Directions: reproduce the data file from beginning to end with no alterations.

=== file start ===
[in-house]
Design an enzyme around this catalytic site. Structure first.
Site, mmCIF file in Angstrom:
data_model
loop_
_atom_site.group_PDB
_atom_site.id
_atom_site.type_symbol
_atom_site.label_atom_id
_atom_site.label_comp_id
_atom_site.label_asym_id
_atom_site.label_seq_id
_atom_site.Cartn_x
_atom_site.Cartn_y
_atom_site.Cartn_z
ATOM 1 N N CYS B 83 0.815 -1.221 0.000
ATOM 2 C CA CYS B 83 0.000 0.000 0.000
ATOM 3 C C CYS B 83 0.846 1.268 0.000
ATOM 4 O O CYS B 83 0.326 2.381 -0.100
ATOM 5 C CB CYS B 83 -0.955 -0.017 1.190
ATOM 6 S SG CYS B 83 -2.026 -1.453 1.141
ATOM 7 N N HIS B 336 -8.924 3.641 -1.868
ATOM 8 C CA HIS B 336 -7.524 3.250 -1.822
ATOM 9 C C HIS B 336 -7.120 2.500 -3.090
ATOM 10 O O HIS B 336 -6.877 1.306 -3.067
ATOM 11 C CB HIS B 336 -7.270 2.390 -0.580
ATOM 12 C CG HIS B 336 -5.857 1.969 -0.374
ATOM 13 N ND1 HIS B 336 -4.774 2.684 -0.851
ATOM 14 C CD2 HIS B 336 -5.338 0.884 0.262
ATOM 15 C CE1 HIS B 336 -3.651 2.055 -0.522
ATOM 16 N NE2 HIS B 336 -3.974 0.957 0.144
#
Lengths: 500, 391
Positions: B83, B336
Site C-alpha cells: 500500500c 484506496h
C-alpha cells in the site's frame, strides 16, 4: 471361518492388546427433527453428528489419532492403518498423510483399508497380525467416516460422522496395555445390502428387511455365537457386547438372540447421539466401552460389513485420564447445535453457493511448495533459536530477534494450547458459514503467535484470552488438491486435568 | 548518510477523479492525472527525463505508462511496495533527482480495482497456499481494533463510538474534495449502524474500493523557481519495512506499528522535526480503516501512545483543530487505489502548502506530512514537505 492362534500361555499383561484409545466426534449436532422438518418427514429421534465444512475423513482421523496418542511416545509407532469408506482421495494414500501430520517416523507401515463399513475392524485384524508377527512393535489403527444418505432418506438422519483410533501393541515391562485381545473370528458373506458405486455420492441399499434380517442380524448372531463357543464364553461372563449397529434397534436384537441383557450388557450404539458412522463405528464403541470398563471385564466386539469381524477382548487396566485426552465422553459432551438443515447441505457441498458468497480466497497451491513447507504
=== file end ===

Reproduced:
[in-house]
Design an enzyme around this catalytic site. Structure first.
Site, mmCIF file in Angstrom:
data_model
loop_
_atom_site.group_PDB
_atom_site.id
_atom_site.type_symbol
_atom_site.label_atom_id
_atom_site.label_comp_id
_atom_site.label_asym_id
_atom_site.label_seq_id
_atom_site.Cartn_x
_atom_site.Cartn_y
_atom_site.Cartn_z
ATOM 1 N N CYS B 83 0.815 -1.221 0.000
ATOM 2 C CA CYS B 83 0.000 0.000 0.000
ATOM 3 C C CYS B 83 0.846 1.268 0.000
ATOM 4 O O CYS B 83 0.326 2.381 -0.100
ATOM 5 C CB CYS B 83 -0.955 -0.017 1.190
ATOM 6 S SG CYS B 83 -2.026 -1.453 1.141
ATOM 7 N N HIS B 336 -8.924 3.641 -1.868
ATOM 8 C CA HIS B 336 -7.524 3.250 -1.822
ATOM 9 C C HIS B 336 -7.120 2.500 -3.090
ATOM 10 O O HIS B 336 -6.877 1.306 -3.067
ATOM 11 C CB HIS B 336 -7.270 2.390 -0.580
ATOM 12 C CG HIS B 336 -5.857 1.969 -0.374
ATOM 13 N ND1 HIS B 336 -4.774 2.684 -0.851
ATOM 14 C CD2 HIS B 336 -5.338 0.884 0.262
ATOM 15 C CE1 HIS B 336 -3.651 2.055 -0.522
ATOM 16 N NE2 HIS B 336 -3.974 0.957 0.144
#
Lengths: 500, 391
Positions: B83, B336
Site C-alpha cells: 500500500c 484506496h
C-alpha cells in the site's frame, strides 16, 4: 471361518492388546427433527453428528489419532492403518498423510483399508497380525467416516460422522496395555445390502428387511455365537457386547438372540447421539466401552460389513485420564447445535453457493511448495533459536530477534494450547458459514503467535484470552488438491486435568 | 548518510477523479492525472527525463505508462511496495533527482480495482497456499481494533463510538474534495449502524474500493523557481519495512506499528522535526480503516501512545483543530487505489502548502506530512514537505 492362534500361555499383561484409545466426534449436532422438518418427514429421534465444512475423513482421523496418542511416545509407532469408506482421495494414500501430520517416523507401515463399513475392524485384524508377527512393535489403527444418505432418506438422519483410533501393541515391562485381545473370528458373506458405486455420492441399499434380517442380524448372531463357543464364553461372563449397529434397534436384537441383557450388557450404539458412522463405528464403541470398563471385564466386539469381524477382548487396566485426552465422553459432551438443515447441505457441498458468497480466497497451491513447507504